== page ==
Because I seem to recall on the innumerable previous threads that have discussed your personal situation, we managed to establish that, erm… The EU actually had nothing to do with the disadvantages you suffered, but that instead they were caused by a series of bilateral agreements between various European states *entirely outside of an EU framework* – and therefore it was a *lack* of European integration that caused you so much trouble.

    Correct me if I’m wrong, of course.

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  14. Correct Nosemonkey.You are wrong.

    I think that this complex situation would be hard to understand but it does help if you are in a particular trade or business.
    There are decisions that come directly from the EU, and could be bad or good for business/jobs/life etc.Then there are decisions made by our own powers that be that are made to conform to the EU, even if erroneously, and there are actions that could/should be taken but are not, because the powers that be think it would be against EU law or even the spirit of the EU.
    The haulage issues I`ve raised are only the half of it. I could show more examples but forbear because it requires great understanding (plus I hoped others would show examples both for and against in other commercial activities ).
    Remember;

    An EU member state may discriminate against its own citizens

    and you get 50% of the way there.

  15. Sorry, Robin, I don’t see quite how that answers the question.

    Back in April, in the comments to this post you repeatedly claimed that it was the failures of British civil servants that caused your problems. You came back to the subject on this post a few days later, which inspired in turn a post devoted to your specific haulage complaints on another blog.

    During all these lengthy discussions, we determined that the root cause of your specific problem was that a) British truckers are charged Vehicle Excise Duty, while non-British drivers are not, and b) that some European countries have negotiated agreements not to charge each other’s lorry drivers, but that Britain has failed to do so. Neither of which are because of anything the EU has done – but rather are due to a *LACK* of EU cooperation on haulage issues. (You even stated – I quote – “the Vignette system was devised in which the Benelux countries together with Denmark and Germany, would charge all foreign trucks as well as their own… We`re not in this system” – a system that has nothing to do with the EU, and which you blame as the root cause of your own difficulties.)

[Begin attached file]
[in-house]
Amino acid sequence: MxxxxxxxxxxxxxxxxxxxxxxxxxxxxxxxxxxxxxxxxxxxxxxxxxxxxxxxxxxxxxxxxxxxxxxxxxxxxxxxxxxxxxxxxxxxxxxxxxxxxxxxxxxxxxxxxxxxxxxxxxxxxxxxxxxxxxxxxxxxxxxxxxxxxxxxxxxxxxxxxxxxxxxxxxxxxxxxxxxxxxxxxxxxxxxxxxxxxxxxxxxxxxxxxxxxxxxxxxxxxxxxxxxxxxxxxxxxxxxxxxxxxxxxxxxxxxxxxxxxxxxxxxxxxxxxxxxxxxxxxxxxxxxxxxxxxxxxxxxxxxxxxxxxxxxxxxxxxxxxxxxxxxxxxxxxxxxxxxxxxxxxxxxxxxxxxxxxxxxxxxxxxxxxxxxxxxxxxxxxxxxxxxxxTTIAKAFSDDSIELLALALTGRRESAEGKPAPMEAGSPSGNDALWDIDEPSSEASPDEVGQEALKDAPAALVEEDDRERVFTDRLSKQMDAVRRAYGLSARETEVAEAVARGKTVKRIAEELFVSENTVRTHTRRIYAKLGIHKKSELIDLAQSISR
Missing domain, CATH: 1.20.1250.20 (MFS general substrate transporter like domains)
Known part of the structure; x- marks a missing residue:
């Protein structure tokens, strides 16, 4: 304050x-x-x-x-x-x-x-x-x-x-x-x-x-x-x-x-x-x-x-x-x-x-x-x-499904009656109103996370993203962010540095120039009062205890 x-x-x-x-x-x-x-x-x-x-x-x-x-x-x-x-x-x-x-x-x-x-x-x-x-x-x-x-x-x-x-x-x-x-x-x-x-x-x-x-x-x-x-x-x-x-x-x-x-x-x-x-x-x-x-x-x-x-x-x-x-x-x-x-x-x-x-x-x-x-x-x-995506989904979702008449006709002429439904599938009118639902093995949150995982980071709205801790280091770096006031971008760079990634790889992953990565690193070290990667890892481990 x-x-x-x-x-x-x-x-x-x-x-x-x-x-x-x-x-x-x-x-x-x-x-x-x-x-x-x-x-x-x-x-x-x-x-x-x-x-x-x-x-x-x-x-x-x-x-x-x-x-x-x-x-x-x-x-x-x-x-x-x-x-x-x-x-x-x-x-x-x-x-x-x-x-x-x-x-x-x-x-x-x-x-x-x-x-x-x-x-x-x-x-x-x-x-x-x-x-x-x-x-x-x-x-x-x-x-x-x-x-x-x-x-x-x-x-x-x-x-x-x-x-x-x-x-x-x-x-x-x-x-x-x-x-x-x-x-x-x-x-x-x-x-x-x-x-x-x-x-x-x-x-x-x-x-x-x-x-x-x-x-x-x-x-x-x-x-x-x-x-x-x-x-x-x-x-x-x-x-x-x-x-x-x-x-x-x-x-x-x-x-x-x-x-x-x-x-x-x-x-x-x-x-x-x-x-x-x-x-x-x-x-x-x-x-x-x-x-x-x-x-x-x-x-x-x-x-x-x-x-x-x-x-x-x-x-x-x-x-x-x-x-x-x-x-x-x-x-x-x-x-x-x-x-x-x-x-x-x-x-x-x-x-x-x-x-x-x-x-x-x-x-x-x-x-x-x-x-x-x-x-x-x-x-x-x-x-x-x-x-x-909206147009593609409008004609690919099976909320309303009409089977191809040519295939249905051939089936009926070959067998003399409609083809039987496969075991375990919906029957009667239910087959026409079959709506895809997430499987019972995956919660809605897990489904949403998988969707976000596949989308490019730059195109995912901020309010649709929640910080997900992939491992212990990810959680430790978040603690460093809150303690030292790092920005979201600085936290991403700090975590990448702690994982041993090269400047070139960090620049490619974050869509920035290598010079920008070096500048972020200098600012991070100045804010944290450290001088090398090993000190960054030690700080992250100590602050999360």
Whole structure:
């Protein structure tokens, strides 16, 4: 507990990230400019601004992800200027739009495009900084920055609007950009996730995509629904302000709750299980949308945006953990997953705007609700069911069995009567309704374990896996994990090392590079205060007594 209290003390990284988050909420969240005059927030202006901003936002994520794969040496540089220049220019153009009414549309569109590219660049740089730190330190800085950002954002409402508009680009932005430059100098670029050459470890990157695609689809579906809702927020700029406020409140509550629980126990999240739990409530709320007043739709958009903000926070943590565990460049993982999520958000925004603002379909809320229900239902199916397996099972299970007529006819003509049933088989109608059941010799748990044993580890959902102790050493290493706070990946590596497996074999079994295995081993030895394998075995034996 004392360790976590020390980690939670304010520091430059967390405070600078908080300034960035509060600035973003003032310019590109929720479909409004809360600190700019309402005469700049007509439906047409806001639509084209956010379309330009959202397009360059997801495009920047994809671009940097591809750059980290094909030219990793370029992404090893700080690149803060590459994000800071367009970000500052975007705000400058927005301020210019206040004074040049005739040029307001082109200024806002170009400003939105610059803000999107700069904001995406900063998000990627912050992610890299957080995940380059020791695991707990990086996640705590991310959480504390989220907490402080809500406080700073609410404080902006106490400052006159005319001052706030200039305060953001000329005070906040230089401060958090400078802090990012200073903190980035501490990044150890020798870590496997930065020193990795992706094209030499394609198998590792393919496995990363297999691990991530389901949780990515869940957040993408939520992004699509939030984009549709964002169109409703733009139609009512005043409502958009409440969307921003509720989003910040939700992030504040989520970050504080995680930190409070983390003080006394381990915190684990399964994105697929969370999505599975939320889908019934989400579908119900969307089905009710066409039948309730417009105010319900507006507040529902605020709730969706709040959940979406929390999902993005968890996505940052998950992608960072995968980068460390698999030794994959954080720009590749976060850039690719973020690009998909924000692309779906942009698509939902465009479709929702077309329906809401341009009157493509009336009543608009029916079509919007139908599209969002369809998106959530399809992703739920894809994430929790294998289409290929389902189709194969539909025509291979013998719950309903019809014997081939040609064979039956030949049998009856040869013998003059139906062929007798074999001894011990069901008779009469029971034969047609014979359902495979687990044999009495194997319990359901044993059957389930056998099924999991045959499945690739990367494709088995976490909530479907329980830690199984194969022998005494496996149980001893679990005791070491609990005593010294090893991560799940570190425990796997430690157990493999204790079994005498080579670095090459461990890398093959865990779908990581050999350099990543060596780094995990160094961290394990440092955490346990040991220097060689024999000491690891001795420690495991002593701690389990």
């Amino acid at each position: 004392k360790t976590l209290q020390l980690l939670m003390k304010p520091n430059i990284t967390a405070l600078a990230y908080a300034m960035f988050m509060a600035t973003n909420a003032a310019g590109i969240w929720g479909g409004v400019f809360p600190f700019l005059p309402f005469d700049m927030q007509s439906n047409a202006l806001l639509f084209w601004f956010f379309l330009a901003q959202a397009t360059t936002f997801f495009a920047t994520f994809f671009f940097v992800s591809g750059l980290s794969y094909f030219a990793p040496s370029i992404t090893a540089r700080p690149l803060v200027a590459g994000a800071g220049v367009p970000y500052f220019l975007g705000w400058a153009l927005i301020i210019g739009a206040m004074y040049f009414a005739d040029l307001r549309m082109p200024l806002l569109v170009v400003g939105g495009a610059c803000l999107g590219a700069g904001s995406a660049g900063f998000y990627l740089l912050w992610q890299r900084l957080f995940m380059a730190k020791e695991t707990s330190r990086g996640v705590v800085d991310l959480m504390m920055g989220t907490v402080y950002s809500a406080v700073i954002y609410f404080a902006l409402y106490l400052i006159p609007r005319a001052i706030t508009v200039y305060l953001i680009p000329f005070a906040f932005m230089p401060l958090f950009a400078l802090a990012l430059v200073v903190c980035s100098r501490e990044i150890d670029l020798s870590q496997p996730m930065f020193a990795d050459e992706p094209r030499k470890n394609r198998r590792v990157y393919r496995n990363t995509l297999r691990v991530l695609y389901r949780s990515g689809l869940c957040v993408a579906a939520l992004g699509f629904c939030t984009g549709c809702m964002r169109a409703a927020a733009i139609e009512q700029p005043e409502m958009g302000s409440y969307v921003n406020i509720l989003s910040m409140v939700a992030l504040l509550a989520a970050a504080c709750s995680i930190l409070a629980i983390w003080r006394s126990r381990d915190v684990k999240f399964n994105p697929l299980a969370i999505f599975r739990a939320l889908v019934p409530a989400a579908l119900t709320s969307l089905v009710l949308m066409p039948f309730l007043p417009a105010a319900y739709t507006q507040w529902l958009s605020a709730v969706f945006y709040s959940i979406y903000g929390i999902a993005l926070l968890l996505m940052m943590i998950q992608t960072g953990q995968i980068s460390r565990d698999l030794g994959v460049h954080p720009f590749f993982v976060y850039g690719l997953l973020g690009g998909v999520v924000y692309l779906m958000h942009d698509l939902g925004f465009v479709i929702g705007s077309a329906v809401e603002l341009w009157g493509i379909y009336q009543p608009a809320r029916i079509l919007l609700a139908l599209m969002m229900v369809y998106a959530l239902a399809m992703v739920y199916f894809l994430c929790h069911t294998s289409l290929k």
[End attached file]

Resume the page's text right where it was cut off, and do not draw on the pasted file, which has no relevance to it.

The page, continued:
In addition, you yourself have said that you blame the EU because the British civil servants blame the EU – while in the same breath dismissing that as an excuse.

    So, again – how *exactly* has the EU destroyed your way of life? Because from everything you’ve ever said about your career problems, I can’t see anything that can be blamed on the EU – other than the EU failing to assert its authority and force a level playing field for all EU truckers (something it has been trying to rectify over the last few years with the introduction of a “Eurovignette directive” specifically designed to rectify the problem of which you complain.

    Because if you can’t even give a concrete example of how the EU has ruined *your* life – and if, as it appears to me, your decision to blame the EU for your problems rests on a misunderstanding – then I can surely be forgiven for doubting your other assertions about the damage it has wrought on other people’s?

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  17. Nosemonkey,

    Firstly “exact” points at when or why a business folds can rarely be defined. As in when exactly did the motor industry go down in the UK ?
    But general points can be seen as to why an industry would decline.
    So this post will be long and probably tedious because it concerns a particular trade,has technical and bureacratic problems, but is probably indicative of our relationship with the EU.(And written live slowly, also giving perhaps personal info. )
    Please also remember that my main objection to the EU is that Britian is unsuited to the project, because, in the main, our civil service is rubbish.
    So to start; we pay everywhere in Europe (not just the EU) but we dont charge foreign hauliers when they are in the UK, and the main excuse is because the EU will not allow it. As I`ve pointed out, this is nonsense but that is how we are governed, because we are in the EU. It may not be what the EU desires, but it shows how our civil service cannot get any benefit from the EU, only drawbacks.
    I cannot take our government/civil service to an EU court because as I keep pointing out, a member state can discriminate against its own citizens.There is nothing anyone in the EU can do to rectify this iniquitous situation. Hence first reason to be out of the EU.
    Then many years ago , when I was doing a bit of Austrian work, the single markey came into force .From a particular day, the “permits” would not be stamped by customs (terminated). Each truck could make as many journies as it could. But Austria was not in the EU (or EC as it was then )!
    Here again our civil service managed to make another drawback. They did not terminate any permits, EU or non EU. But Austria still did because it still had a border with Germany and customs controls.